Canadian tourists leave hotel barricades amid Mexican cartel violence

Canadian tourist In Mexico, hotels remained barricaded on Friday amid street violence after an alleged leader of a major drug cartel was arrested.

“They are safe at the hotel,” said Tina Dahl, an Edmonton woman whose relatives are stranded in the popular resort town of Mazatlan.

She said the family of six had been staying in the hotel room since Thursday afternoon and were safe.

Violence erupted in several cities in Mexico’s Sinaloa state on Thursday after drug trafficking suspect Ovidio (The Mouse) Guzman, son of former cartel boss Joaquín (El Chapo) Guzman, was arrested. . Violence is particularly intense in Culiacan, Mazatlan, Los Mochis and Guasave.

Dahl’s brother, sister-in-law, three children, and sister-in-law’s mother are all in Mazatlan. Children she is 10, 8 and 7 years old.

They were scheduled to leave on Thursday night, but fighting in the streets closed the airport and the bus that was supposed to go there was burned in front of the hotel.

Dahl, who keeps in touch with his family through social media, said they were talking about the chaotic scene.

Stranded travelers who checked out of their rooms but had their flights canceled were sleeping in hotel lobbies and gates remained barricaded, she said. Military and police vehicles criss-crossed the beach, which was recently full of tanned tourists.

Helicopters patrolled overhead. One restaurant that remained open was full, she said.

Dahl said her family was careful to keep their phones charged after hearing rumors that cartel members were planning to shut down Mazatlan’s power grid.

“Yesterday my brother called my mom and dad and said, ‘This is something I’ve never seen before. It’s like being in the middle of a war zone and I don’t know what to think or feel.'”

“Sure, he’s definitely upset.”

Dahl said her family is scheduled to speak with Sunwing on Friday to see when she can return home.

Not all Canadians in Mazatlan were behind the barricades.

Hailey Bronson said some of her friends have rescheduled their flights, but she expects to return to Cochrane, Alta, as planned on Sunday.

She lives in an apartment downtown and said it was strange to see the normally busy town of Mazatlan go quiet on Thursday.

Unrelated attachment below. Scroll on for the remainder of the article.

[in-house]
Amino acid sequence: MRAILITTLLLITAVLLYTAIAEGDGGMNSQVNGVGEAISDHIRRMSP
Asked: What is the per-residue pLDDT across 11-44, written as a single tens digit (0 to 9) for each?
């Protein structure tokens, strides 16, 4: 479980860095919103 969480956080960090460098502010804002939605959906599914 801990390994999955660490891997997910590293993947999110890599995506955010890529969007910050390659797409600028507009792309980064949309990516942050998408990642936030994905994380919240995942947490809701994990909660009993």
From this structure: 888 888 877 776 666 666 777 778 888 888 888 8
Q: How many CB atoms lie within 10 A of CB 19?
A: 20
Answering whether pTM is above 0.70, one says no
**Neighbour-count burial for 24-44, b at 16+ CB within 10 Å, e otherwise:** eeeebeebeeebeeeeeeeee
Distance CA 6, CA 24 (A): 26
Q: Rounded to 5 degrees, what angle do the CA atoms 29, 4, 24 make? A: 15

“I’ve never seen Mazatlan so quiet,” Bronson said in a message Friday. “But today everything is back to normal.”

Winnipegger Sheila North of Mazatlan was on a catamaran with her family, including two adult children and a two-year-old grandson, when smoke billowed in two different places on Thursday afternoon, turning black I saw a helicopter fly by.

“[The staff]wanted to create a calm atmosphere, but I could tell they were being told on the phone that something was going on,” North said in a phone interview Friday.

“So we stayed until the end of the excursion and when we got back to the hotel we saw a long lineup.”

Lines to enter the hotel restaurant were long and people waited for hours, North said.

Some families were forced to sleep in their hotel lobbies, while some staff chose to stay overnight while on duty.

North and her family were due to return to Winnipeg on Friday morning, but were told their flight would be delayed until Saturday.

“There’s a whole sense of anxiety. People are regrouping, but I can see that some parents are really stressed out.”

The federal government has continued to advise Canadians in Mexico to seek shelter, avoid crowds and demonstrations, and do not attempt to cross the lockdown, even if it appears deserted.

WestJet said it canceled two flights to and from Mazatlan on Friday. Air Canada said no flights were affected by the riots.

Sunwing did not immediately respond to a request for information regarding the flight.

At least two passenger planes came under fire on Thursday. Suspected cartel members carjacked Culiacan residents and set their vehicles on fire.

Fighting broke out days before President Andrés Manuel Lopez Obrador welcomed Prime Minister Justin Trudeau and President Joe Biden to a summit in Mexico City.

An attempt to arrest Ovidio Guzman also led to three years of violence. A halted operation to capture him in October 2019 led to riots in Culiacán, and eventually the Mexican president ordered the military to release him.

Bob Weber

canadian press